Tuesday, July 23, 2013

Waterjetting 11b - Abrasives and cutting depth

In the past few posts I have been discussing the use of abrasive in waterjet cutting, and in this and the next two posts I would like to talk a little about the abrasive feed rate (AFR), abrasive size and the selections for the best cutting performance. As with my other posts I can only write in general terms about these because the combination of waterjet system, nozzle design and abrasive selection will change the best values to use, and the results on different systems will differ in some way or other from the results I will mention. However in all cases the overall principles remain the same, and can be applied as general rules.

In the last post I noted that cutting performance fell as the average size of the abrasive fed into the system dropped below 100 microns. As part of that study we looked at the amount of abrasive that survived going through the mixing chamber in that size range. A simplified average of the results obtained are shown in the following table:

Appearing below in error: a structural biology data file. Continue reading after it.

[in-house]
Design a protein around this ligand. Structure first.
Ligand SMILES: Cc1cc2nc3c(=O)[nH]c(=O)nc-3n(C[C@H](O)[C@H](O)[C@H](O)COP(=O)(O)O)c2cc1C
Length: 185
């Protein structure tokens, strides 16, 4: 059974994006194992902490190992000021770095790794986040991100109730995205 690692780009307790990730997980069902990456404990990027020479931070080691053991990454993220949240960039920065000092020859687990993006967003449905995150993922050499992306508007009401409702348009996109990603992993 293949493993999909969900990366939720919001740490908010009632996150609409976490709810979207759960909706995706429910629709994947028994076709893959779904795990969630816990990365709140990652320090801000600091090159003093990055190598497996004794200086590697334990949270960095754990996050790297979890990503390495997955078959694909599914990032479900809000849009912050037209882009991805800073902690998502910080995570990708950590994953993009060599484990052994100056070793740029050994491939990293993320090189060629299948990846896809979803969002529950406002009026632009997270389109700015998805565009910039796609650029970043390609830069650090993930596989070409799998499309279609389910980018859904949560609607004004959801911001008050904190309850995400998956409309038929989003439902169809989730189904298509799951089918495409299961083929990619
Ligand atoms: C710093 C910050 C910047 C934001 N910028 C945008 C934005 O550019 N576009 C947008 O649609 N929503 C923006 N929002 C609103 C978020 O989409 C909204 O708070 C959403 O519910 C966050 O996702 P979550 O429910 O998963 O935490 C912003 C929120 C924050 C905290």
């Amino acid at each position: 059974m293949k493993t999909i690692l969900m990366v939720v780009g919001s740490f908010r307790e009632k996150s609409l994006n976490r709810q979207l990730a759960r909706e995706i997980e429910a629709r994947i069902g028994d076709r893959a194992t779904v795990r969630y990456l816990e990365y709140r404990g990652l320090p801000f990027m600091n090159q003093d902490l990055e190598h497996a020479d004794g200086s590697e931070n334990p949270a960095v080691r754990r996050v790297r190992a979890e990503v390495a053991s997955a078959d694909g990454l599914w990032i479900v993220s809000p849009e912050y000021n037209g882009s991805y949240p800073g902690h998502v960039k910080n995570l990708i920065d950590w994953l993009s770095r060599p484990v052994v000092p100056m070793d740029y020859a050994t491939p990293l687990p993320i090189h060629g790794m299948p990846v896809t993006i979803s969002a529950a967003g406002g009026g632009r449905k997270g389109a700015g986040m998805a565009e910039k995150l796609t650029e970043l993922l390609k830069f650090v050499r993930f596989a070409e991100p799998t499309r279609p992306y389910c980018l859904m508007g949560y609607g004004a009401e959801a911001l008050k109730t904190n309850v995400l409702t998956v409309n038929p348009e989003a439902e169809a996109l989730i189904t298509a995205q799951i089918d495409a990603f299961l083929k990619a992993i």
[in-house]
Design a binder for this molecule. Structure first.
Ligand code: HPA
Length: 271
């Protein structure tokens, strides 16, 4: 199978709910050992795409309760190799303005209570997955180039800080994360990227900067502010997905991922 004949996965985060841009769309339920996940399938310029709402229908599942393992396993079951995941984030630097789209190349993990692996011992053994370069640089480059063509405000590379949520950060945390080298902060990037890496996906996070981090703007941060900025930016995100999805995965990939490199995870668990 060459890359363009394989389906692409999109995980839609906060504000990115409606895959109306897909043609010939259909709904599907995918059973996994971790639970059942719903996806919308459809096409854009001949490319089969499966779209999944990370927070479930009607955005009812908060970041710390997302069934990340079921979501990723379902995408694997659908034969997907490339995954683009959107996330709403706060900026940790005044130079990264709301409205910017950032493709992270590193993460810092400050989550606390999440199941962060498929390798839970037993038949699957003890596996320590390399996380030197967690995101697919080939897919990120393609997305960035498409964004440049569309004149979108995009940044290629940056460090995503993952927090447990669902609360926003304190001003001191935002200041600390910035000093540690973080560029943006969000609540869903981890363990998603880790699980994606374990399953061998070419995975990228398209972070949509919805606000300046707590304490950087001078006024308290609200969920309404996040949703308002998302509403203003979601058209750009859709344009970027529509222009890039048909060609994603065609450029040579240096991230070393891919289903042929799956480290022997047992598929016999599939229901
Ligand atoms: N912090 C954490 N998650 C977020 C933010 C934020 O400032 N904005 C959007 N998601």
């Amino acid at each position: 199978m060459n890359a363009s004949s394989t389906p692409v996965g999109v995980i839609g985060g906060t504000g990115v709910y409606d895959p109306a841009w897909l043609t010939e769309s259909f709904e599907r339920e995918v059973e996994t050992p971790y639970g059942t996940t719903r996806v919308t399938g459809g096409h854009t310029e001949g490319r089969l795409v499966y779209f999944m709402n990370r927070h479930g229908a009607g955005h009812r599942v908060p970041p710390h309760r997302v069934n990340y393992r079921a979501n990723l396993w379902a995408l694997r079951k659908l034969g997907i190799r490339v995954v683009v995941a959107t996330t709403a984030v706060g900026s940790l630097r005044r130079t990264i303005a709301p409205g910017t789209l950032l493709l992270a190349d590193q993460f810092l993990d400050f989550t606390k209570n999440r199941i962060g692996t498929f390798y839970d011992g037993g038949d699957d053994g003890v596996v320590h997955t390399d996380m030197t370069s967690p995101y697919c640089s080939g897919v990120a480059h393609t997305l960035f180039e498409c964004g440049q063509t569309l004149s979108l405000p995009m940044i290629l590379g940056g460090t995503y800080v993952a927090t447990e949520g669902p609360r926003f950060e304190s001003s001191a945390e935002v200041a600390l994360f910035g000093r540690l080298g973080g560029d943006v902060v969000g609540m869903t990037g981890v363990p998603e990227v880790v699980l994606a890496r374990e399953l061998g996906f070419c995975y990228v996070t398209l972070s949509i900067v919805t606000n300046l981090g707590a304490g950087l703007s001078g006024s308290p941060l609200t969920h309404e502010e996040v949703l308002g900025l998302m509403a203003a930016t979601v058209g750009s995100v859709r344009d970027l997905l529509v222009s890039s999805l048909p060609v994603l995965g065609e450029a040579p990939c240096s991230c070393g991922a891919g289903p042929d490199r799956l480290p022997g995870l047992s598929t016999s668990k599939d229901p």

Figure 1. Percentages of the initial feed that survive at larger than 100 microns, for differing feed conditions.

In an earlier post I had mentioned the “Green Tube” test that was used at Missouri S&T as a way of measuring the particle size and speed, after the particles had passed through the nozzle, but without hitting a target. Because the distance that the particles travel is a function of the energy they obtained during mixing, some idea of the overall particle energy can also be obtained.